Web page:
Elevated Levels of C-Reactive Protein and Interleukin-6 in Patients With Obstructive Sleep Apnea Syndrome Are Decreased by Nasal Continuous Positive Airway Pressure
Background— C-reactive protein (CRP) and interleukin (IL)-6 are important risk factors for atherosclerosis and coronary heart disease. In the present study, we examined serum levels of CRP and IL-6, IL-6 production by monocytes, and the effect of nasal continuous positive airway pressure (nCPAP) in patients with obstructive sleep apnea syndrome (OSAS).
Methods and Results— After polysomnography, venous blood was collected at 5 am from 30 patients with OSAS and 14 obese control subjects. Serum levels of CRP and IL-6 and spontaneous production of IL-6 by monocytes were investigated. In addition, the effects of 1 month of nCPAP were studied in patients with moderate to severe OSAS. Levels of CRP and IL-6 were significantly higher in patients with OSAS than in obese control subjects (CRP P<0.001, IL-6 P<0.05). IL-6 production by monocytes was also higher in patients with OSAS than in obese control subjects (P<0.01). In patients with OSAS, the primary factors influencing levels of CRP were severity of OSAS and body mass index and those influencing levels of IL-6 were body mass index and nocturnal hypoxia. nCPAP significantly decreased levels of both CRP (P<0.0001) and IL-6 (P<0.001) and spontaneous IL-6 production by monocytes (P<0.01).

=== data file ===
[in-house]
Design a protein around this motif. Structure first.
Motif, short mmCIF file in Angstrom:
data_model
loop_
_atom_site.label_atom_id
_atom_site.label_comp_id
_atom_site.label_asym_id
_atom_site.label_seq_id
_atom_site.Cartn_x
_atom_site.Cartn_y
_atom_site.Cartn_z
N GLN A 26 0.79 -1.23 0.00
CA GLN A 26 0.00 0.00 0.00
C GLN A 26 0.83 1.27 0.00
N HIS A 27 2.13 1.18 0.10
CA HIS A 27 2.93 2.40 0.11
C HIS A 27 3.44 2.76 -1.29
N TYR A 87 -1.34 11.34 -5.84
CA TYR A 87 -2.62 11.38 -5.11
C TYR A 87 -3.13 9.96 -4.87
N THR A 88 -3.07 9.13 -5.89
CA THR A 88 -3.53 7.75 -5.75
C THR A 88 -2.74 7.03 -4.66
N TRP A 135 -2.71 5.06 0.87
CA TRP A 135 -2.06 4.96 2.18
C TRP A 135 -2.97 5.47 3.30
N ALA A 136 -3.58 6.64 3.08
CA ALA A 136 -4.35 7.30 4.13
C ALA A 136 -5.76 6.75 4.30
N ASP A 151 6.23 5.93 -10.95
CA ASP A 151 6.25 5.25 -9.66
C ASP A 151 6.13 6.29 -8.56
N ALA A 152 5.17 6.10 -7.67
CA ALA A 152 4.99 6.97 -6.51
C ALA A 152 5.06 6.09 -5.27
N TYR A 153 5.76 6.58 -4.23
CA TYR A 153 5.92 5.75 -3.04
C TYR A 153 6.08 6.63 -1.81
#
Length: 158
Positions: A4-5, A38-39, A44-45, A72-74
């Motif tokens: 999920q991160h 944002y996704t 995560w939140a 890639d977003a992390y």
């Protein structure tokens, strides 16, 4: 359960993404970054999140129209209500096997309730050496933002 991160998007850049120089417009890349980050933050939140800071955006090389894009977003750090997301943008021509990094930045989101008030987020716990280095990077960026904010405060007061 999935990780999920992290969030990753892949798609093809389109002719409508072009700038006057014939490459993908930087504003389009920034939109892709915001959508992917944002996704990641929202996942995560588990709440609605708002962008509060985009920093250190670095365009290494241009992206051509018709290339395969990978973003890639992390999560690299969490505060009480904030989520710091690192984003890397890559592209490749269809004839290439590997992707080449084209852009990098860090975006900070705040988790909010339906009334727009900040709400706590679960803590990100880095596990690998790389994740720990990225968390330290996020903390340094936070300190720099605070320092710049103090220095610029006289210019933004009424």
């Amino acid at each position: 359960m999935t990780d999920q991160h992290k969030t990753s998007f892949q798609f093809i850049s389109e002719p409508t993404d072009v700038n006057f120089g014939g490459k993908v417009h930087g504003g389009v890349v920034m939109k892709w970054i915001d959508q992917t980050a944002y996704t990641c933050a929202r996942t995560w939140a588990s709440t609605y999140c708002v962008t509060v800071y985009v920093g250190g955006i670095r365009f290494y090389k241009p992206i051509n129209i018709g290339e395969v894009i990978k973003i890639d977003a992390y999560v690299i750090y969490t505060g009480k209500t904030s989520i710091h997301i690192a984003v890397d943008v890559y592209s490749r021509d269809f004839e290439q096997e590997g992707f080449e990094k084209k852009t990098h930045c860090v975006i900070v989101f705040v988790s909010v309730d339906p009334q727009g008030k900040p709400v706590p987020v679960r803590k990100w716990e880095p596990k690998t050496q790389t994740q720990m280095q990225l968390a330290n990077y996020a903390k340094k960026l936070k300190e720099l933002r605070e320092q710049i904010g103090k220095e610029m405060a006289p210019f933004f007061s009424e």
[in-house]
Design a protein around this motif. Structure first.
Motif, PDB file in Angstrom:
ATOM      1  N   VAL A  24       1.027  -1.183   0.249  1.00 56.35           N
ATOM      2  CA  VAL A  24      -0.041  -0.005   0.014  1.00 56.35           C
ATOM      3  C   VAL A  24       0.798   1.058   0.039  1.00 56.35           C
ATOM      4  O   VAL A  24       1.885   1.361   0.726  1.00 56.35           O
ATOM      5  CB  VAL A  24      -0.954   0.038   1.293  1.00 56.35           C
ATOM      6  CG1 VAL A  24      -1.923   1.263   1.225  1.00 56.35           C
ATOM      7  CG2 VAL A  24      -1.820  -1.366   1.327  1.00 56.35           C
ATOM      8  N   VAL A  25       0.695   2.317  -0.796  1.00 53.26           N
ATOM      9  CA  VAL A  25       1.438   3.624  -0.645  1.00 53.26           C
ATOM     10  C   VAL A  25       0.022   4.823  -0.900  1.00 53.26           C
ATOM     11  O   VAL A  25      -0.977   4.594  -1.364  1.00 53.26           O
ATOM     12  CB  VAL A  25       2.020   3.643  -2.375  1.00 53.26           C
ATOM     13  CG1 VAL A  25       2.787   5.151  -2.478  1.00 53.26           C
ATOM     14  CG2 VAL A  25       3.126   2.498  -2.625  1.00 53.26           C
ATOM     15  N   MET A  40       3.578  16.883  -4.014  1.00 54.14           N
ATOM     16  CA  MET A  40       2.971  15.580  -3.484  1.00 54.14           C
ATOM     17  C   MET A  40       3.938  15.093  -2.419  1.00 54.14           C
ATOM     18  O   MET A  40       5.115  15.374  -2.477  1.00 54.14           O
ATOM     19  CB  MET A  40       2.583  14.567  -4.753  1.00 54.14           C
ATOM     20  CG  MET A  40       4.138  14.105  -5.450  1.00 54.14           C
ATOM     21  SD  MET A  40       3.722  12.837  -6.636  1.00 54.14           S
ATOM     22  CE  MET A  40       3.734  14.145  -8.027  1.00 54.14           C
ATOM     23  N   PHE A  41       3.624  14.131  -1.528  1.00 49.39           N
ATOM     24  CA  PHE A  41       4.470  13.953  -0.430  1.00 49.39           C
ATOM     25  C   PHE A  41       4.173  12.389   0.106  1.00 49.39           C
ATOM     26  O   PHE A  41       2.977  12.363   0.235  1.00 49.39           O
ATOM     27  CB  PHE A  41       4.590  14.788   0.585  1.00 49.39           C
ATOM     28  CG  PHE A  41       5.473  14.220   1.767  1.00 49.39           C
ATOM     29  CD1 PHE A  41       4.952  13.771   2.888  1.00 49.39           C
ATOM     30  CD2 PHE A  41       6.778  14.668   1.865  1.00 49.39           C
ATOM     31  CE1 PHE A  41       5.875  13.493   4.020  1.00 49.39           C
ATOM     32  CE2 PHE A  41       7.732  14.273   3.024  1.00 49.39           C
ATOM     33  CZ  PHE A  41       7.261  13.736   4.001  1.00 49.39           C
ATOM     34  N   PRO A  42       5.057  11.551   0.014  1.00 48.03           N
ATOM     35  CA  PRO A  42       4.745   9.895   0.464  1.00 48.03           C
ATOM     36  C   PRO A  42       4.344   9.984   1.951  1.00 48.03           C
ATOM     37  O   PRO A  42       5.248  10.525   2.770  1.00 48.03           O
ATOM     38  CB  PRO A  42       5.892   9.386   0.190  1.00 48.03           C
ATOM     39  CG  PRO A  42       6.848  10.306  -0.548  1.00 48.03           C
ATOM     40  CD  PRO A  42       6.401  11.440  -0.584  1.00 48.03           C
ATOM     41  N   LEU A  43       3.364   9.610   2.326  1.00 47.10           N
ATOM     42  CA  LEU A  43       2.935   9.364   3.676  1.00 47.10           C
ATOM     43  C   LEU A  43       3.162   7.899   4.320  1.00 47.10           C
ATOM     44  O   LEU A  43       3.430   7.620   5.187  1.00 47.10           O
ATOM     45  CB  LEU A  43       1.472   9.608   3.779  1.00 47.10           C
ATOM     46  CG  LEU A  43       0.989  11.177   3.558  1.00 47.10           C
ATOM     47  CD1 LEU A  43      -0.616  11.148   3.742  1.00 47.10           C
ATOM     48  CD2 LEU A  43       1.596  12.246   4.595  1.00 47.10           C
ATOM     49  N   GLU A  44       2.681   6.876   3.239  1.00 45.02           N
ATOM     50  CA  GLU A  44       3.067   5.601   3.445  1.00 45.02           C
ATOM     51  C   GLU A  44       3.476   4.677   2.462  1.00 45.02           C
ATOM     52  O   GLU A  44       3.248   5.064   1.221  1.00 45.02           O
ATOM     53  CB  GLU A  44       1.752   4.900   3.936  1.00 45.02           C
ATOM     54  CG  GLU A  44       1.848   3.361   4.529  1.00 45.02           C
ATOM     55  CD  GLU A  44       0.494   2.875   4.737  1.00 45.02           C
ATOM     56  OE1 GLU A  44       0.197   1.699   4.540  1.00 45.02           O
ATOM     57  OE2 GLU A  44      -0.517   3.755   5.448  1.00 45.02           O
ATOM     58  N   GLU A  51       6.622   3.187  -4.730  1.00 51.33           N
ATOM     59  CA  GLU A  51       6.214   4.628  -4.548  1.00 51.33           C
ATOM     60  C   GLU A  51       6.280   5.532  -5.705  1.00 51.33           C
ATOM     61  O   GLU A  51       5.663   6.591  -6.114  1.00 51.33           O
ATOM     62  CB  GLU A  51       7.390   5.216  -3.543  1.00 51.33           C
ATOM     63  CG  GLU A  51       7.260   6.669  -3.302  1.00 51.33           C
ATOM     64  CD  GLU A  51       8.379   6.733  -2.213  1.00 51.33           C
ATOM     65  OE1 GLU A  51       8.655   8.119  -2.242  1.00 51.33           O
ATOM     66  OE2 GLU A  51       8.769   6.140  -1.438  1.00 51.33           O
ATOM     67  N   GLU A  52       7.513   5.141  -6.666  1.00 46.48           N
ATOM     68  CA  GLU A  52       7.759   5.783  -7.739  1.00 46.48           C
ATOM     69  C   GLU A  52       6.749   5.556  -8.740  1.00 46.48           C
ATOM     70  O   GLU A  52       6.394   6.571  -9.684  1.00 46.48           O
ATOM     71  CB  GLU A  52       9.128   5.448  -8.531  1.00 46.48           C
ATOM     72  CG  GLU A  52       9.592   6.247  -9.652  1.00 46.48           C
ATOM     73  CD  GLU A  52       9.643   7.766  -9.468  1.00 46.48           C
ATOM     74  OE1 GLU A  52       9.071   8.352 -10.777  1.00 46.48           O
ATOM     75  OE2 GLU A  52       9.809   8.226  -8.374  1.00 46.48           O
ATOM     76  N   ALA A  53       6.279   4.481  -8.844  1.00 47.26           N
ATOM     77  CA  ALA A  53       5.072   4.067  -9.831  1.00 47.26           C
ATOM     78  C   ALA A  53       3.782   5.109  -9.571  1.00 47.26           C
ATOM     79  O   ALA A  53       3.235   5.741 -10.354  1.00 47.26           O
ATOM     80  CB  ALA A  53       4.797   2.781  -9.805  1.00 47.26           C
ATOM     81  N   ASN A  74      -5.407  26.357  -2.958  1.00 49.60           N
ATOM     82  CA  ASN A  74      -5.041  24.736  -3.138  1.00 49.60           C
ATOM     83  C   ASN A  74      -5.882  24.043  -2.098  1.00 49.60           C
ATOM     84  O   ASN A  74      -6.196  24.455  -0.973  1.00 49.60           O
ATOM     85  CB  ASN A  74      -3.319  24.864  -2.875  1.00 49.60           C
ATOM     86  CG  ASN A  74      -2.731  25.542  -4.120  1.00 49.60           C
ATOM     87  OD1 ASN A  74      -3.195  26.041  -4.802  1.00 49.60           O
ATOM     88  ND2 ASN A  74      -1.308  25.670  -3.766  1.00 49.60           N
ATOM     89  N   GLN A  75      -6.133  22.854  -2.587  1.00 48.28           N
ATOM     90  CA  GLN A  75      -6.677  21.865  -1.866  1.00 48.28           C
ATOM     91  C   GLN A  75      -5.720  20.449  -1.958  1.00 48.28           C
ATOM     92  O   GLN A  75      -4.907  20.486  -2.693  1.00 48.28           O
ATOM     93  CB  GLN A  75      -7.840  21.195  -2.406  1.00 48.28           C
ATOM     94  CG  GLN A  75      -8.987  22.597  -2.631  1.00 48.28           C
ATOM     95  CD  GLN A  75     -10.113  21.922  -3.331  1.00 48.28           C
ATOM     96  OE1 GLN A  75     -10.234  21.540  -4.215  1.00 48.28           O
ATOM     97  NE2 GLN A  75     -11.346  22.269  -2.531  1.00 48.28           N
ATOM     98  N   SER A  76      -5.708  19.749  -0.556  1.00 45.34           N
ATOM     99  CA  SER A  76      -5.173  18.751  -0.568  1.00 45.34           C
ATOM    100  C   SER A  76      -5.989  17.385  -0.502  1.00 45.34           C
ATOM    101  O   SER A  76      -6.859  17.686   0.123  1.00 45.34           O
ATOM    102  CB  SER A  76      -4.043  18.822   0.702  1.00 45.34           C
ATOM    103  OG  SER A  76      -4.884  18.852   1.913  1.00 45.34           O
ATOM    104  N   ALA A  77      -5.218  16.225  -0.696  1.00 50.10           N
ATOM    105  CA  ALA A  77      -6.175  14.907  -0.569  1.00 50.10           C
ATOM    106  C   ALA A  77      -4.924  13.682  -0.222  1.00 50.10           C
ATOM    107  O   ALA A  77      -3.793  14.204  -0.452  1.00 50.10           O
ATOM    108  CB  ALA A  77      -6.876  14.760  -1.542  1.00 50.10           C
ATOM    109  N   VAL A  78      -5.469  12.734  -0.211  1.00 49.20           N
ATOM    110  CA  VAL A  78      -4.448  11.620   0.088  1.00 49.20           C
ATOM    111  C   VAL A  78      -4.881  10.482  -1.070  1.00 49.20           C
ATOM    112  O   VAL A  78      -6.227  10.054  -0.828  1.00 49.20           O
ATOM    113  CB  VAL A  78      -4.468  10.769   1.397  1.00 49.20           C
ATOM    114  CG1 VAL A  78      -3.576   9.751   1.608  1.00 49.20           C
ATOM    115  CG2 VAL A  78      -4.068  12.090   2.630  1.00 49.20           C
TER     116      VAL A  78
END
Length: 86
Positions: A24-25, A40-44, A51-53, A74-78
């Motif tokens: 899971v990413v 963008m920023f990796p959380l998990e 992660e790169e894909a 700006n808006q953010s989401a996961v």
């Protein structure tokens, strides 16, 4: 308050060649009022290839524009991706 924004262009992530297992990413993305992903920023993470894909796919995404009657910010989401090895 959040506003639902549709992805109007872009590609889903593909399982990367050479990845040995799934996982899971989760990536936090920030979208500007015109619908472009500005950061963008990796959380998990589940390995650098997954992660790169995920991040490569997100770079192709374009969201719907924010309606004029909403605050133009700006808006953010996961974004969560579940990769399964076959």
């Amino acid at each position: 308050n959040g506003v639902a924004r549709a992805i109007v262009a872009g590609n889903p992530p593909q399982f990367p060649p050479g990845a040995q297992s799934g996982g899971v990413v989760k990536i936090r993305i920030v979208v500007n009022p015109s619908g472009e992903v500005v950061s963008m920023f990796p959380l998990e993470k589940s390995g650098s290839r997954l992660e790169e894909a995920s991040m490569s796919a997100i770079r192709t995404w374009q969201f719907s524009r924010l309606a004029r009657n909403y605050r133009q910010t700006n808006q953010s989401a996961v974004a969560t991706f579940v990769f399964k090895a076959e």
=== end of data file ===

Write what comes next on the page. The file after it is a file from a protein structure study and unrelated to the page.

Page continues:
Conclusions— Levels of CRP and IL-6 and spontaneous production of IL-6 by monocytes are elevated in patients with OSAS but are decreased by nCPAP. Therefore, OSAS is associated with increased risks for cardiovascular morbidity and mortality, and nCPAP may be useful for decreasing these risks.
Received September 18, 2002; revision received November 20, 2002; accepted November 21, 2002.